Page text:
2. Global warming is the result of extra carbon dioxide emitted into the atmosphere in addition to what’s moving around in the carbon cycle. Burning fossil fuels releases carbon dioxide that was trapped underground millions of years ago. It comes from plants that decomposed underground and were turned into oil, coal, or natural gas. This long-lost carbon dioxide is much more than the Earth is currently adapted to use. The increased CO2 levels are creating what is known as the “greenhouse effect.” This happens because the Earth reflects back into space some of the heat from the sun, but every carbon dioxide molecule acts as a tiny mirror, re-reflecting that heat back to the Earth rather than allowing it to escape into space. By adding enough extra carbon dioxide to the atmosphere, we are heating up the global climate and changing weather patterns around the world.

So, back to our original question: why isn’t The Plant contributing to global warming? Because we’re using food scraps that are already a part of the current carbon cycle: those plants would grow, die, and release carbon dioxide regardless of whether or not we harnessed their energy.

What is a combined heat and power (CHP) system?

A CHP system is an engine attached to both a turbine and a heat recovery unit. The turbine creates electricity and the heat recovery unit captures the heat released from the engine. The heat released in our system will be in the form of steam at about 800º F and will be sent to an onsite brewery for their brewing process. The steam will return at about 200º F and will be sent through an absorption chiller, which will chill (or heat, if needed) water running through tubes throughout the building. That water will cool or heat the building as needed.

Absorption chilling is a complex process explained in greater depth here.

Also, it’s important to note that if we powered the CHP system with natural gas (as many factories do), we would enjoy the efficiency of jointly producing heat and electricity (it’s about double that of pulling using electricity off the grid and creating heat in a boiler), but we would still be using a non-renewable energy source. That’s why we’re putting in the anaerobic digester: to create a renewable source of methane (the main component of natural gas).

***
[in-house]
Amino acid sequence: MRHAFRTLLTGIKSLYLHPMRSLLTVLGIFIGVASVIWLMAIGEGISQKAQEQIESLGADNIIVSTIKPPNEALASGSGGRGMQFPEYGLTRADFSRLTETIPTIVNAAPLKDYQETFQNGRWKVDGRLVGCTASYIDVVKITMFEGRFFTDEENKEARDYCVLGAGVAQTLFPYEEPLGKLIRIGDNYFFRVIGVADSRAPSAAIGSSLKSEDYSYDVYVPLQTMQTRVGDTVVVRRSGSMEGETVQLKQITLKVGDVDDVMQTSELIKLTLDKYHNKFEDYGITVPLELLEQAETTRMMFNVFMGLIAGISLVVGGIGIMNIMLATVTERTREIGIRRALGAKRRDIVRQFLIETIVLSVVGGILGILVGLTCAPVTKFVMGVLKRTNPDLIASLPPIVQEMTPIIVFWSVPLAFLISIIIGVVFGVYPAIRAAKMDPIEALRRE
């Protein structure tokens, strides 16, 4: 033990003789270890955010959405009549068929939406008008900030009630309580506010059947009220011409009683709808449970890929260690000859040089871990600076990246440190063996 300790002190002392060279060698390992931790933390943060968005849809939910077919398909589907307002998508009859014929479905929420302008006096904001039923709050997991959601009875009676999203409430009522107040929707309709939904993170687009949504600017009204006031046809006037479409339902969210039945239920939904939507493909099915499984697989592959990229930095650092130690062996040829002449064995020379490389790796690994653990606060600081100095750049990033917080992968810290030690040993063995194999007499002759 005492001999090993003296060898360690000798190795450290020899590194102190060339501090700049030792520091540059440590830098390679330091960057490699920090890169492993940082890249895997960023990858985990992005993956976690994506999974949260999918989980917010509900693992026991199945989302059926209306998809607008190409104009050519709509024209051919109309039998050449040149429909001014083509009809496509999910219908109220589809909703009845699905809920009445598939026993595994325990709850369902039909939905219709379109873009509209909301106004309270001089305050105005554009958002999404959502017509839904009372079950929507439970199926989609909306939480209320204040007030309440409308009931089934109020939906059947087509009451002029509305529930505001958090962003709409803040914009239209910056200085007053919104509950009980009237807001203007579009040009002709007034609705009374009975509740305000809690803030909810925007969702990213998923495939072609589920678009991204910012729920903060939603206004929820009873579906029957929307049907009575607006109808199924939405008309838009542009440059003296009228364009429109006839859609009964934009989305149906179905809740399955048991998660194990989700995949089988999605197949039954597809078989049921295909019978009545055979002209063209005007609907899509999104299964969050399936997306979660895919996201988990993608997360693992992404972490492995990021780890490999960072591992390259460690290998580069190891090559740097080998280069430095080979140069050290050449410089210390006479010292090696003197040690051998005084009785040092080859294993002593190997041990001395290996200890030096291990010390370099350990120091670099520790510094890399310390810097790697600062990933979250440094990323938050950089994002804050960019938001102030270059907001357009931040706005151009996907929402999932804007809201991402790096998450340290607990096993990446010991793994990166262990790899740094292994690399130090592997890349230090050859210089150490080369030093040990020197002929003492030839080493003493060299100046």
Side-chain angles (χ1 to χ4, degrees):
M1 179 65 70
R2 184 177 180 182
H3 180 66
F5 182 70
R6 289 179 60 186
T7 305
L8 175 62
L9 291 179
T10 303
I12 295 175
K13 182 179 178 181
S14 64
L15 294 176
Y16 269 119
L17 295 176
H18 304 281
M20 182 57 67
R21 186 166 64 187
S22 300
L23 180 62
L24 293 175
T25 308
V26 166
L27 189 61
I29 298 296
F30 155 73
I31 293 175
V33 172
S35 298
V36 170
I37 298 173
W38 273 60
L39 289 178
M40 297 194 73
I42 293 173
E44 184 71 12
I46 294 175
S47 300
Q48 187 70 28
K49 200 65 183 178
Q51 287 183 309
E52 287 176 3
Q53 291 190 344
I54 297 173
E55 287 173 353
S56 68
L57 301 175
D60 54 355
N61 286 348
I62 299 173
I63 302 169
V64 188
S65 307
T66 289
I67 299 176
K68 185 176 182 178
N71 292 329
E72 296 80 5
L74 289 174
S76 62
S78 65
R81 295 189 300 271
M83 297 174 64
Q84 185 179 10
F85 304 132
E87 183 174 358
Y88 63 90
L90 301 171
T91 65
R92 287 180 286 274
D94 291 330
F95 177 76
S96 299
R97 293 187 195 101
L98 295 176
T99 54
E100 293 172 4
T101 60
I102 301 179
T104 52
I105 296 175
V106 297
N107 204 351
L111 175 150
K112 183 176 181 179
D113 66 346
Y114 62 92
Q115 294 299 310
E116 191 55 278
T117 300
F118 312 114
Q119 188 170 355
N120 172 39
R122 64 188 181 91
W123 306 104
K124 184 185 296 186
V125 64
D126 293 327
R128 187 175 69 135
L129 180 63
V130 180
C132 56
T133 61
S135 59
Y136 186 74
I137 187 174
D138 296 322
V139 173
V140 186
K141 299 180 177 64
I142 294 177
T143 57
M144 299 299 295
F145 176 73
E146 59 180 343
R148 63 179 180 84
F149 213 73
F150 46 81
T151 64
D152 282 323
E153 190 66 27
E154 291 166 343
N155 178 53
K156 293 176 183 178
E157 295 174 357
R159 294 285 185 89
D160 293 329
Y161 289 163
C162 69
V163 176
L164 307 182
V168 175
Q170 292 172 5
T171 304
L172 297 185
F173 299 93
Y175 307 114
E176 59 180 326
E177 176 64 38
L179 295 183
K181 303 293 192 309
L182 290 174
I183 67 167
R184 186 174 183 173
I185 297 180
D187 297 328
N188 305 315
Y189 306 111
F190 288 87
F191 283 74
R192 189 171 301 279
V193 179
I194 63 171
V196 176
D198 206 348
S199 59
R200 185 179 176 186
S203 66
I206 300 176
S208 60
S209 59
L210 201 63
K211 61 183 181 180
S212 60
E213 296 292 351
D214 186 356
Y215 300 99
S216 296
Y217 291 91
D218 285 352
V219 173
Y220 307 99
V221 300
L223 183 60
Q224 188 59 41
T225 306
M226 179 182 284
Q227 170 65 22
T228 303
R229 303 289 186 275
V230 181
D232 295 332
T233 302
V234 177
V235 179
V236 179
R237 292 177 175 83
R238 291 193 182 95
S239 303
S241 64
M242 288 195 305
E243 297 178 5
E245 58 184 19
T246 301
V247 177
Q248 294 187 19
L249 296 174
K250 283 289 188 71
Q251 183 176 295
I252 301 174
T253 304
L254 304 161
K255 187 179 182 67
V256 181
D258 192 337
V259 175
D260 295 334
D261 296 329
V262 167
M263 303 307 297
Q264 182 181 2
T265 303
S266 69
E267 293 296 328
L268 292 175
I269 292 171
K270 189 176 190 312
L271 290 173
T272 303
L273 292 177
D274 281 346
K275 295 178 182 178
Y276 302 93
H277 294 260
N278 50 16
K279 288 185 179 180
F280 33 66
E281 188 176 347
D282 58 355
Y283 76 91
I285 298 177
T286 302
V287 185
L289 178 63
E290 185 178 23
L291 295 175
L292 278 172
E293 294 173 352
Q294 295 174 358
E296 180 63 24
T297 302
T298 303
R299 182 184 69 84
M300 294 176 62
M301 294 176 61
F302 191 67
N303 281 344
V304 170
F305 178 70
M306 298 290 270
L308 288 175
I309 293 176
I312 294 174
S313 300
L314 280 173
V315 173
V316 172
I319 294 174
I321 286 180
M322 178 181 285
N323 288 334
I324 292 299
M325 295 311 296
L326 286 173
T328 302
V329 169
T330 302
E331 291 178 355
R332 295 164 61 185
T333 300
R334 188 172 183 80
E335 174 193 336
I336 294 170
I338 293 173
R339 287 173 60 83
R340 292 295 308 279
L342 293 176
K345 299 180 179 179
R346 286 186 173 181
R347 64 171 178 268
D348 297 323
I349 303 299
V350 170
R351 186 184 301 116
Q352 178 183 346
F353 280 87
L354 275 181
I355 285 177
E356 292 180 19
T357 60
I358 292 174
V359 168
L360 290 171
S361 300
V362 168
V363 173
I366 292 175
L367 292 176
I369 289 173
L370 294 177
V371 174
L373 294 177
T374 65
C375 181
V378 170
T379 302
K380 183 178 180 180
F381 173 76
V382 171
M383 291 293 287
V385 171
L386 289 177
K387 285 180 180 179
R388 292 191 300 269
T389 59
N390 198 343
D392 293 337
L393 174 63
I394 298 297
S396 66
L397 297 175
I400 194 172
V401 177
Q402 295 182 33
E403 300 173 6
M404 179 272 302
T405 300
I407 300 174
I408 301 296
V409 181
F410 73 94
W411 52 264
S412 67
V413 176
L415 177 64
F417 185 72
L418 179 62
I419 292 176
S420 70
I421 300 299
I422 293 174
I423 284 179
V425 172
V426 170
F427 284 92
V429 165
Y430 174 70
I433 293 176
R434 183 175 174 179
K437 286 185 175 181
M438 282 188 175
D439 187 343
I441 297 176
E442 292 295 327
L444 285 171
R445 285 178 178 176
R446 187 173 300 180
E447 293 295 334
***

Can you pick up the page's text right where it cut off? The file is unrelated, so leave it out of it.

How did you come up with all of these ideas?

John Edel, the Executive Director, has been thinking about growing plants in buildings since his childhood visits to the Garfield Park Conservatory, with its towering palms and lush gardens all growing indoors. He also knows a lot about manufacturing and has spent a lot of time researching the industrial history of Chicago.
He wanted to create a space where manufacturing and indoor growing could happen together. Both processes use a lot of energy. The CHP system produces both the heat needed for manufacturing and the electricity needed to run the grow lights.

To develop these ideas, John has worked closely with students from the Illinois Institute of Technology, as well as friends from the community (many who have come through on building tours) with suggestions about other possibilities for symbiosis.

Why do you focus so much on food? Can’t this be done with any kind of manufacturing?

Absolutely. In fact, that’s the message of this whole building: manufacturing and growing – both of which use a lot of energy – can happen in a sustainable way. We’re focused on small-scale food production as our main focus of manufacturing because we happened to find a building with a lot of valuable food-grade materials. (See below for more information on “food-grade.”) These materials allow us to create space safe for food preparation. Had we chosen a different building (and we almost did), we could have combined growing with some other type of manufacturing.

All kinds of industrial buildings can be repurposed to house manufacturing and growing systems powered by renewable energy and to create jobs. This is the point we’re proving with The Plant! You can do this anywhere to great benefit to society.